Dresses | Introduction | Vintage Sewing

Introduction

By on February 23, 2014
Hello WeSewRetro,

I posted once, years ago but have recently found the motivation to post some finished garments. I finished a Diploma in Fashion Technology last year and am now studying costume which is very exciting! I make my own patterns unless I state otherwise and every now and then I delve into my collection of vintage patterns. I’ve been very busy sewing the past few months and here are some of my more retro/vintage garments.

Pink Seersucker Dress
Day of the Dead Crop Top with Black Full Skirt (Alexander Henry Fabric)
A-line Lobster Dress with Matching Belt
Blue Floral Border Print Dress with my 1964 VW Beetle
Senorita Dress (Alexander Henry Fabric) with my 1964 VW Beetle

I’m slowly working towards my wardrobe being a majority of handmade or second hand clothes. I post my sewing and op shop finds on my Instagram: “sharpscissors” http://instagram.com/sharpscissors and would love to see other fellow retro sewers and vintage lovers there!

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1950s | 1970s | Culottes / Pantskirts | Dresses | Introduction | Pants / Trousers | Pattern Drafting | Pattern Sizing | Vintage Sewing

New to me patterns!

By on January 11, 2014

 

Hello All,

I’m new to WeSewRetro and relatively new to sewing. I thought I’d share some of the patterns I plan on making in the next few months.

There are 2 Butterick patterns and I know at least one of them is a familiar face to all of you. There are also 3 1970s Simplicity patterns. I was extremely excited to find them at my local Salvation Army Thrift Store, uncut and in pristine condition for a whopping $0.58 USD for all 3 together.

I know from reading about other’s experiences on the B4790 Walk-away dress that I’ll have to do some tailoring because it is the re-release pattern and not the original which apparently has caused some fit issues. I also know that I will probably need to grade the Simplicity 9147 from 1979 up a size, but the pattern may have enough ease where that won’t be necessary.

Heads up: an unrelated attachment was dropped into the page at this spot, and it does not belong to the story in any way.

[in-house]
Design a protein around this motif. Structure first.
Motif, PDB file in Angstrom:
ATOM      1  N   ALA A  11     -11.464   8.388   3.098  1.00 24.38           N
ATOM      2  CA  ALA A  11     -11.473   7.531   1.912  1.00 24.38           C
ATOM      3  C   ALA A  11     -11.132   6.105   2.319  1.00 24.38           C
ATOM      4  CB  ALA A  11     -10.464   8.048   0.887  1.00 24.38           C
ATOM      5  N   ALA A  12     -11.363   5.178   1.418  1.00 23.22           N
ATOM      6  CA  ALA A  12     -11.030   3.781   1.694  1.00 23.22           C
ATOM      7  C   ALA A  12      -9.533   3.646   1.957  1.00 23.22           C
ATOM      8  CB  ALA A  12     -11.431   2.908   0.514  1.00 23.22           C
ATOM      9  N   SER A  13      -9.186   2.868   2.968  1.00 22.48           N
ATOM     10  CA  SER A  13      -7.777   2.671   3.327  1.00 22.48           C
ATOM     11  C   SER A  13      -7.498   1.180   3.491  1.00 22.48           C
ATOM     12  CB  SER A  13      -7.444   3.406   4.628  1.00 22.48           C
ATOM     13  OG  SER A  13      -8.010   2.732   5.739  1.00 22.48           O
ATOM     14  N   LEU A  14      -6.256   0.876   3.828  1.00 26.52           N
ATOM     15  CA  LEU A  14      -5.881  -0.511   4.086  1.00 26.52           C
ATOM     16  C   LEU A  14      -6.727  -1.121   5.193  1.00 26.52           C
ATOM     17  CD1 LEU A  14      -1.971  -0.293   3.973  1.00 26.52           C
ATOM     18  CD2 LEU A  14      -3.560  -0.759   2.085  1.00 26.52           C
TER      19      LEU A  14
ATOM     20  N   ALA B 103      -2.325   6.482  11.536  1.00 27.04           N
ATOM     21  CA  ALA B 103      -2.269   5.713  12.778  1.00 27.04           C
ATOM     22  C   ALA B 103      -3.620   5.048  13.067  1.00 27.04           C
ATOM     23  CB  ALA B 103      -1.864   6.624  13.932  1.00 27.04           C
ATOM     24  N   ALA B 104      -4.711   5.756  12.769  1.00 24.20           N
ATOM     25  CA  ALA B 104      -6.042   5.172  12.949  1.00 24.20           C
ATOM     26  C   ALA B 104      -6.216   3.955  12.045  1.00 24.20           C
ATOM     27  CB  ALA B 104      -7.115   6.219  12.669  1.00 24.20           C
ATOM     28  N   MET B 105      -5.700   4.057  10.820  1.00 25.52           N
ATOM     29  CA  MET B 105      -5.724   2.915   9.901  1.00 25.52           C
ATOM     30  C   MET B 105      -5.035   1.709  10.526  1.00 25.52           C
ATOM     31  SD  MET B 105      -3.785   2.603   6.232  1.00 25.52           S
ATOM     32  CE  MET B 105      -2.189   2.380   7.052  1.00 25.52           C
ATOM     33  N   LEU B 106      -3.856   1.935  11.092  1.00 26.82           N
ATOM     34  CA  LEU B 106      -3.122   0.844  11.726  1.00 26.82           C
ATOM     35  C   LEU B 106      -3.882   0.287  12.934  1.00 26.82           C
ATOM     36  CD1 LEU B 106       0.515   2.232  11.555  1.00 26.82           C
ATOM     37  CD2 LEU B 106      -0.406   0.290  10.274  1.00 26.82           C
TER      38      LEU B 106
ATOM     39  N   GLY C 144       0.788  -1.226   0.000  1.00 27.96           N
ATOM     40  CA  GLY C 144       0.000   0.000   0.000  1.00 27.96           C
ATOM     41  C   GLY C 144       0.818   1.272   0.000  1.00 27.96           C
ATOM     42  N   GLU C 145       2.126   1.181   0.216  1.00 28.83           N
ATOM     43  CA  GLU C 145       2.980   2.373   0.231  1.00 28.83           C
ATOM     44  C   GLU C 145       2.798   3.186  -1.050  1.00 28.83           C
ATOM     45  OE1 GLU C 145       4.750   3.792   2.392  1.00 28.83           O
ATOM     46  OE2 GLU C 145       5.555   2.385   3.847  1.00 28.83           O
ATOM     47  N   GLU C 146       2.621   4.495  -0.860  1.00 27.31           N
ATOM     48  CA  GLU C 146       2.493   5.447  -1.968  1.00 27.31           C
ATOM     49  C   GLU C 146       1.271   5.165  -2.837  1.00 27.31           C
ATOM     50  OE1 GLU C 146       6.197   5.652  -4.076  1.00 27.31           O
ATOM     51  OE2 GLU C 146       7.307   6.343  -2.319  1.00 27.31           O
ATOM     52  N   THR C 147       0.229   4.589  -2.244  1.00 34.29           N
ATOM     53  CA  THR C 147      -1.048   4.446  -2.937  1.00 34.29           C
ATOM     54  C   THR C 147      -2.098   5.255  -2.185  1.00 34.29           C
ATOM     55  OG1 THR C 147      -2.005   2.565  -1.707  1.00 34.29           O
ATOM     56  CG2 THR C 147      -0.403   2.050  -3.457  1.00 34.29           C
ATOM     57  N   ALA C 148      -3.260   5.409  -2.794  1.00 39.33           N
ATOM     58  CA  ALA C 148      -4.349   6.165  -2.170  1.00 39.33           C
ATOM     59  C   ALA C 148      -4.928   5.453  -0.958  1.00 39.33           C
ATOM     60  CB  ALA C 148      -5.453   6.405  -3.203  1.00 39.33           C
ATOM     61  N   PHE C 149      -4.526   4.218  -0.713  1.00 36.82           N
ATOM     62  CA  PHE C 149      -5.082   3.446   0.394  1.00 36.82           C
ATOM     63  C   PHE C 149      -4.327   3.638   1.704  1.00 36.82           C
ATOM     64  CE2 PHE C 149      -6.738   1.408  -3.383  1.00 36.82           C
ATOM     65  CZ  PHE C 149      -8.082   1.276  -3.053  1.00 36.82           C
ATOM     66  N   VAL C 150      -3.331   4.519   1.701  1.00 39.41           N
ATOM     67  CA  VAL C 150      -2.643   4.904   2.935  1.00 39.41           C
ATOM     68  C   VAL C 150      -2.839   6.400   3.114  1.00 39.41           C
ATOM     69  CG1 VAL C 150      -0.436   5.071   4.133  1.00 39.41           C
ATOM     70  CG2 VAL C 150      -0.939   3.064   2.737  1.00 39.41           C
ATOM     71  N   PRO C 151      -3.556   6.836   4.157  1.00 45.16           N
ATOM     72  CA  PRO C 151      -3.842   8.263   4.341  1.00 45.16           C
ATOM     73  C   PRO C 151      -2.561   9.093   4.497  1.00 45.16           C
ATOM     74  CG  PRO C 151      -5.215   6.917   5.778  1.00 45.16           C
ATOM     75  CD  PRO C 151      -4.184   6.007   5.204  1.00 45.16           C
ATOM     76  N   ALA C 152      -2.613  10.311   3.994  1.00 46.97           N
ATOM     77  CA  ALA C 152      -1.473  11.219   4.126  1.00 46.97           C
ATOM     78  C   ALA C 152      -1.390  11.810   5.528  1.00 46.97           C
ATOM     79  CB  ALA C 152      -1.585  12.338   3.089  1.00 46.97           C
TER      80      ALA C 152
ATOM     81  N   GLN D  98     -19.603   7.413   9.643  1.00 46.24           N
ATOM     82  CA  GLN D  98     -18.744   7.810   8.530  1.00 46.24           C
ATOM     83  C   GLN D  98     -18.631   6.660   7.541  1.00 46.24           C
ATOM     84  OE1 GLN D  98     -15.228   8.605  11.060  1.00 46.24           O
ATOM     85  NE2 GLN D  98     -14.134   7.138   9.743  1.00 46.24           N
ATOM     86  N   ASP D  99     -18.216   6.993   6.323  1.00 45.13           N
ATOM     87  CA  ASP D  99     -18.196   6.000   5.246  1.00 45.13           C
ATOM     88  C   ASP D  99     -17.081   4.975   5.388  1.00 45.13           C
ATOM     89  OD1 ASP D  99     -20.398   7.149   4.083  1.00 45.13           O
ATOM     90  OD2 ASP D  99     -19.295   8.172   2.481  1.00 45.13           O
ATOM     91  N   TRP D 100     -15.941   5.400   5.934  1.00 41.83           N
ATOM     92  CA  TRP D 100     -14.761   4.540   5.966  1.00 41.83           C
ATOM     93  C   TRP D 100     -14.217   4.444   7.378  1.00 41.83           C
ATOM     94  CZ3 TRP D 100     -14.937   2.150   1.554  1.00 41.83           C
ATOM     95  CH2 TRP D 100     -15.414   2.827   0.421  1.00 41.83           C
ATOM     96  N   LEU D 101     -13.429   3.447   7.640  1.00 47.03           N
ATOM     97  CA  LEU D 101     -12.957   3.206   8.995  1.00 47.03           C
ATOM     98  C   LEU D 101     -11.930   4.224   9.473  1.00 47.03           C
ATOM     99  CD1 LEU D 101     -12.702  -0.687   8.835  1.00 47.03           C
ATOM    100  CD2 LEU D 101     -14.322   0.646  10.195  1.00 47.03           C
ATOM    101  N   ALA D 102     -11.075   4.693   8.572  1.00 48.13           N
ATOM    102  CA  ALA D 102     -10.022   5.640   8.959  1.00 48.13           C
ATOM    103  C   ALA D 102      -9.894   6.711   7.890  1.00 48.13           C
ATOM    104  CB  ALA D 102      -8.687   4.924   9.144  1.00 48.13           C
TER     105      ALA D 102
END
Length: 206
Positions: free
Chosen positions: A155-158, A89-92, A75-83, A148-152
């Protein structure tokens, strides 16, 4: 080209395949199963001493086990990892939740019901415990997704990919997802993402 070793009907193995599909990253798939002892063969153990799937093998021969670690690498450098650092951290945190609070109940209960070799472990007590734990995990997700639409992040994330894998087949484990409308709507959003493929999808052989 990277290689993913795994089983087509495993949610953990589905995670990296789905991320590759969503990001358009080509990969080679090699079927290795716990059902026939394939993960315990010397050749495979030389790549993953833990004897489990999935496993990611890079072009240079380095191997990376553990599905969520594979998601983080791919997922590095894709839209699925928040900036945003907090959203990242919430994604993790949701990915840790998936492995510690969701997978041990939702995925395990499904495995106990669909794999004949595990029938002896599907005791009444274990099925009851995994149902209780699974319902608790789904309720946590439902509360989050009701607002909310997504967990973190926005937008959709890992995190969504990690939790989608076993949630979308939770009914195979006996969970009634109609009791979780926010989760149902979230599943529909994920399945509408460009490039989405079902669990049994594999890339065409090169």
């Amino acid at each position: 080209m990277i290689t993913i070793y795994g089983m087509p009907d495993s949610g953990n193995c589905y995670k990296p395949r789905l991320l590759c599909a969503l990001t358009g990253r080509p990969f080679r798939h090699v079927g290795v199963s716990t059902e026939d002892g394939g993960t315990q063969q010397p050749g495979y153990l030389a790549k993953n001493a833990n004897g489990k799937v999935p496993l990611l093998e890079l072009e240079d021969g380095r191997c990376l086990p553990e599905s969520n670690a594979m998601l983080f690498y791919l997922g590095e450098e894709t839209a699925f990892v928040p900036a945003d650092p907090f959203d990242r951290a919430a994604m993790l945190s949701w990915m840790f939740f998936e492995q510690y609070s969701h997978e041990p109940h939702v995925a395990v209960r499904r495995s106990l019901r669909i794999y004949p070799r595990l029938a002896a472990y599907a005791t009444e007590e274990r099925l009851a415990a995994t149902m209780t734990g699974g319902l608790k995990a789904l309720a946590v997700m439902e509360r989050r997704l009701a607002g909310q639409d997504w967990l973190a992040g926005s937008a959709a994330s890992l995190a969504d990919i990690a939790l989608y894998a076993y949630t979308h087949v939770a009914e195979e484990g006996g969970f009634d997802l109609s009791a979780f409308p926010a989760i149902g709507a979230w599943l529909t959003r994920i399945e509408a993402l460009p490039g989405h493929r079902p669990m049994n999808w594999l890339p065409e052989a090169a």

Have any of you sewn these patterns? Any tips for the beginner? Any suggestions for which comes first?
2 Butterick, 3 Simplicity

I apologize for the image quality, my camera has recently taken a nose-dive and I had to resort to sharing via the camera on my cellular.

 

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1950s | Dresses | Introduction

Introduction and Retro Butterick 6307

By on December 15, 2013

Hello, everybody! I am new here and have been really wanting to join earlier but never took photographs of my pieces. This dress is Retro Butterick 6307 that I think is out of print now. I made it a while ago, and it was my first set-in sleeve. I used regular medium weight cotton. Everything was pretty easy, and of course I had to take it in a bit. I would definitely reccomend this to anyone. I have under it a crinoline I also made using  Edelweiss’s crinoline tutorial here: http://www.edelweisspatterns.com/blog/?p=850 (sorry, I have not yet figured out how to make a regular link!). It was really easy despite my mistakes and the crinoline fabric getting jammed in my machine all the time.

I apologize for the bad pictures, I don’t know how to get good ones yet.

 

I am currently working on a peplum shirt from 1951, and will be done with it shortly in order to post it here! Thanks for looking!

 

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1950s | Introduction | Skirts | Vintage Sewing

Smplicity Skirt 1952

By on October 19, 2013

Hello vintage lovers,

This is my first post here on We Sew Retro. I have been a big fan of this blog for a while now, and have just finally gotten the motivation to start posting some of the items I have made.

I have wanted a super simplistic 1950’s style skirt for fall for a while now. I knew exactly what pattern I wanted to use, which was this Simplicity 4083 from 1952.

I found 3 yards of an amazing lime green heavy weight linen at an estate sale, I knew right away that I wanted to use it with this pattern. I decided to make view 3, with the waistband on view 1. The pattern called for 3 and a half yards of fabric, so I shortened the skirt by about 6 inches and was able to make up this skirt with only 3 yards.

This skirt was a breeze to sew up. I will definitely be using this pattern again. I love how the lapped zipper in the back of this skirt turned out.

Overall I am super pleased with this skirt, it is a perfect fit and makes me feel super confident!